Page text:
Sunday, 30 September 2012
Arranged Marriage – First Thoughts
For the formative years of my life, I was away from India, in a place and around people where the term “arranged marriage” was as archaic as the Roman empire. But being the Indian girl that I was, with a typical conservative middle class up-bringing, I was never averse to the idea. I had seen arranged marriages around me, with practically every member of my close family being bound by the same institution. I had faith, as I still do, in the idea of my parents and relatives looking out for the right person for me, and a similar family for me to be married into. The idea was almost comforting.
Still, I was being raised in a society which was alien to the concept of an alliance arranged by families. At the age of 15-16, most of my friends were in relationships and had found what they called “love”, while I was the confused yet conservative teenager who had no idea what to consider as right or wrong. I was often asked the question, ”have your parents already found a match for you? Is your family going to get your marriage arranged?”, and I was somehow never able to explain the concept to them, to explain that there is no rule-book which dictates how it should be, and there is no hard-and-fast rule obliging me or forcing me to live a life of confinement, but rather an option, a different method of going about finding one’s life partner. I was amused at the surprised and often shocked faces of disbelief at the very idea of having someone else choose your life partner for you, but at that immature age I just couldn’t explain to them that it is not someone else choosing your partner for you, but rather facilitating the way you meet who you’d like to marry.
To put it simply, if love-marriage (or the “conventional” way of getting married by first meeting, then dating, then getting married after getting to know the person) is a buffet setting, an arranged marriage is like an a la carte menu. In a buffet, you go around on your own, and are not served by anyone, while in an a la carte setting, you are given a set menu where there are choices which help you decide what you would like to be served. At the end, you decide what you put on your plate, and what you want to try, the end objective being the same – Good Food.
But of course, I had my years of rebellion too. I did experience the phase where it seemed unfair that my choices were subjected to criteria which would decide on who I should marry or not. It did seem unsettling to know that I would be expected to spend my life with someone I had met only once or maybe a few times. At the time, it seemed almost rash to take such an important decision, which carried so much risk. I mean, how was I to know for sure, that this is the right person for me? How was I expected to take that decision so quickly, without really getting to know the person? And more importantly, how was I to get married to someone I did not love? Because, conservative or not, Indian or not, I am a girl and I wanted my fairy-tale love story.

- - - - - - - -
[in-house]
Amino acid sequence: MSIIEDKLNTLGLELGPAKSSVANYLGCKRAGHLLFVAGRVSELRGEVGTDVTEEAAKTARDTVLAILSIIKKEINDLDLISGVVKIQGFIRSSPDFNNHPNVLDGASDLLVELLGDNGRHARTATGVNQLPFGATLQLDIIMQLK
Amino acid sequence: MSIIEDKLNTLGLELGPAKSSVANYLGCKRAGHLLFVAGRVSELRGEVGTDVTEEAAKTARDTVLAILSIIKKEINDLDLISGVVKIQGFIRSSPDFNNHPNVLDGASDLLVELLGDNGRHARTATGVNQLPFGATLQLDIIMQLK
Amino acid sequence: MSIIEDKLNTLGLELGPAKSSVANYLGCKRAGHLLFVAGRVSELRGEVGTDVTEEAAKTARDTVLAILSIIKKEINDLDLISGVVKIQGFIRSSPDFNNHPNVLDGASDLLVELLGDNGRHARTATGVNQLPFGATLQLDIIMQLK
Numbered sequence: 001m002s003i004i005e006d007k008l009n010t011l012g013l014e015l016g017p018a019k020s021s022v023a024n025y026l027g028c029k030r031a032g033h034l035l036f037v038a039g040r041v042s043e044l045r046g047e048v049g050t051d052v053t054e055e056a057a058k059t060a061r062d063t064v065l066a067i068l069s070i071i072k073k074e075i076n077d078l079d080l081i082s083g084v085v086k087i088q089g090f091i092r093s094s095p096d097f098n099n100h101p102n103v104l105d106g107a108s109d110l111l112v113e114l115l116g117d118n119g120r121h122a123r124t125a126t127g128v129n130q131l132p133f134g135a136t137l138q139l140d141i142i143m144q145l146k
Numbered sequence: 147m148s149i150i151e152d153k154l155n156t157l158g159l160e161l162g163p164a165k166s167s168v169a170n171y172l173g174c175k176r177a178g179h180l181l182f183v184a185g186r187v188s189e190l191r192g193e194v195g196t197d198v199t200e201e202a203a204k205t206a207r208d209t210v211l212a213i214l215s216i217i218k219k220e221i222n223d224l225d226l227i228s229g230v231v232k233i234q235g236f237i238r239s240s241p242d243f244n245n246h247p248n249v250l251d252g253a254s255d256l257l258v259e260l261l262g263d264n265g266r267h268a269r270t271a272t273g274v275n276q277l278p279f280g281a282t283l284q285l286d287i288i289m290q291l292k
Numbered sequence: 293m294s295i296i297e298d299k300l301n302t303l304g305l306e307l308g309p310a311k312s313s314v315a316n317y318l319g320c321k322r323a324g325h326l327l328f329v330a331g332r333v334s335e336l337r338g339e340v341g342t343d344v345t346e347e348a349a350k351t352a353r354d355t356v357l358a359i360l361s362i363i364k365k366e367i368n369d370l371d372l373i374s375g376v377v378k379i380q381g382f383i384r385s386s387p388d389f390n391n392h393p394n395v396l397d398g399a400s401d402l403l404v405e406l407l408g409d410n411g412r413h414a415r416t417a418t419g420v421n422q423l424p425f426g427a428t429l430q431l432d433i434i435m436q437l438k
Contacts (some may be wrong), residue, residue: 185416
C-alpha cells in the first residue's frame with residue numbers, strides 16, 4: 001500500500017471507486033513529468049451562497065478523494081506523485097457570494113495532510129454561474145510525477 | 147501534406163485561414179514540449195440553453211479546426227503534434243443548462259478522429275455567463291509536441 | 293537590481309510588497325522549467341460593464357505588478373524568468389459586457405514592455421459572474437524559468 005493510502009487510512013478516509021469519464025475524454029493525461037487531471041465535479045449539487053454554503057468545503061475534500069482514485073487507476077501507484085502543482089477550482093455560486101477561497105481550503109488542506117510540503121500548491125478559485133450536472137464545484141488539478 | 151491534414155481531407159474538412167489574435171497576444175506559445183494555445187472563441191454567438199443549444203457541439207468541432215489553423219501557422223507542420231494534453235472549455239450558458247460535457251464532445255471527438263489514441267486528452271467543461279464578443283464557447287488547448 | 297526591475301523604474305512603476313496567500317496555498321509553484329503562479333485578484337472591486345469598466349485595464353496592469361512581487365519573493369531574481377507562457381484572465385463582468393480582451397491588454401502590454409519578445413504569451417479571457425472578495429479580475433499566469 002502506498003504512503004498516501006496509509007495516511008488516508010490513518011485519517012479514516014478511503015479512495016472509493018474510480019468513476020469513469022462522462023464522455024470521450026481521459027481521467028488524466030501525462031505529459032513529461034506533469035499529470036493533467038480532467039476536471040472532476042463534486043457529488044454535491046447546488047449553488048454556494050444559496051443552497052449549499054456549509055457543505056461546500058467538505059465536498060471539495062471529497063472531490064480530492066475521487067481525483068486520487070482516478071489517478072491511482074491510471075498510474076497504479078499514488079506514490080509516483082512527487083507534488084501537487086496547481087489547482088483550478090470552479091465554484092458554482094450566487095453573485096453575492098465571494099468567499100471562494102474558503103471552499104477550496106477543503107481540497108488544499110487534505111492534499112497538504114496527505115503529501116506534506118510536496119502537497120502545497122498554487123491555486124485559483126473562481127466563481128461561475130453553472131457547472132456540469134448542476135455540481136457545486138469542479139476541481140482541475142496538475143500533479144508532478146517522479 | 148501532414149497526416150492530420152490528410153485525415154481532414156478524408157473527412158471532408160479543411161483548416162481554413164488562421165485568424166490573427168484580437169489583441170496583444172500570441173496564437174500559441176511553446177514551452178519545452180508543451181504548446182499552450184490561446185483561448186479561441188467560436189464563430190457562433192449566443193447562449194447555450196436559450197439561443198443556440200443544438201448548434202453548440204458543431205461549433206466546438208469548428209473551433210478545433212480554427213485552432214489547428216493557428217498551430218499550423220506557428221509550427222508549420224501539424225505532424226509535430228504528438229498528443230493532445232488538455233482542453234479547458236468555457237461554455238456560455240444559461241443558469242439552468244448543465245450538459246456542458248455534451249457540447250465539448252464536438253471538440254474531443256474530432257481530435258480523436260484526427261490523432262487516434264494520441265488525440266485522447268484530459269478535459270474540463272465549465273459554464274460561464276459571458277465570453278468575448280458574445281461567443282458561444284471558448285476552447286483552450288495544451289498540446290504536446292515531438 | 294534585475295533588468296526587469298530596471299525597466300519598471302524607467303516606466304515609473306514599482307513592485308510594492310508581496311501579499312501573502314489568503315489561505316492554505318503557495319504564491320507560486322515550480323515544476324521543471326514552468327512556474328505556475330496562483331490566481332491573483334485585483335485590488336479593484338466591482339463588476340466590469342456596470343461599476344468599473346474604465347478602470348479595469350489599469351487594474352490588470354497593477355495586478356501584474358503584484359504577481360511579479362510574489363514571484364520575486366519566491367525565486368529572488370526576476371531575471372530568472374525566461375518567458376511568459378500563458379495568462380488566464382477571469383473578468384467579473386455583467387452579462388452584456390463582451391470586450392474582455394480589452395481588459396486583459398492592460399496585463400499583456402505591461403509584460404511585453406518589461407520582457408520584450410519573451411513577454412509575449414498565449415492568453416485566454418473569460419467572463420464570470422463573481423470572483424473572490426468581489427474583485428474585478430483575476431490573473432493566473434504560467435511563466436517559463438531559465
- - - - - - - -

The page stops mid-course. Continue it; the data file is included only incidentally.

My idea of love was Bollywood, and in particular, Yash Chopra romances. Call it cheesy, call it dramatic, sugar-coated, call it what you may, but a Yash Chopra movie was enough to transport me into a fantasy world where romance, poetry and love were so real and so plausible. I grew up singing songs like, “Mere khwabon mein jo aaye” and “dekha ek khwab toh yeh silsile hue”, and truly believed in a love story, a romance which would sweep me off my feet and where everything around me would be misty and musical and magical.
Then I grew up, and the talks of arranged marriage which were just merely talks, started to become real, where my parents got aware of the fact that I am of “marriageable age” and a suitable match must be found for me. Suddenly, with the blink of an eye, the idea started to take shape and before I knew it, there was a proposal of a “suitable match” who I was supposed to meet and decide on marrying.
We met, and talked and in a span of a few hours what I had believed and dreamt of my entire life, changed. The idea of love, transformed and the concept of commitment took a new level altogether. Suddenly, all the doubts, the apprehensions, the anxiety became irrelevant and I realized that when it’s right, you just know. You can meet the person one time or for years, but it is just in a moment that you decide to be with someone for life. From then on, everything becomes a process, something that the two of you do together. From that moment, when you make the decision, everything else seems like destiny which was waiting to happen.
And Love? Love happens. And it happens not like in Yash Chopra movies, it happens in a better, more real way. It happens in moments, in instances, in glances. It happens not in song and drama, but in smiles shared, in long conversations, in understanding. It happens with a message, with a phone call, with concern in a tone of voice. Love happens when you stand across the room from each other and are aware of each other’s presence and one glance is enough to make you feel secure. It happens when the person makes an extra effort to spend those extra ten minutes to be with you. Love happens when there is unshaken faith that you will spend the rest of your life together, come what may.
In a place I didn’t expect, I found my Yash Chopra moment.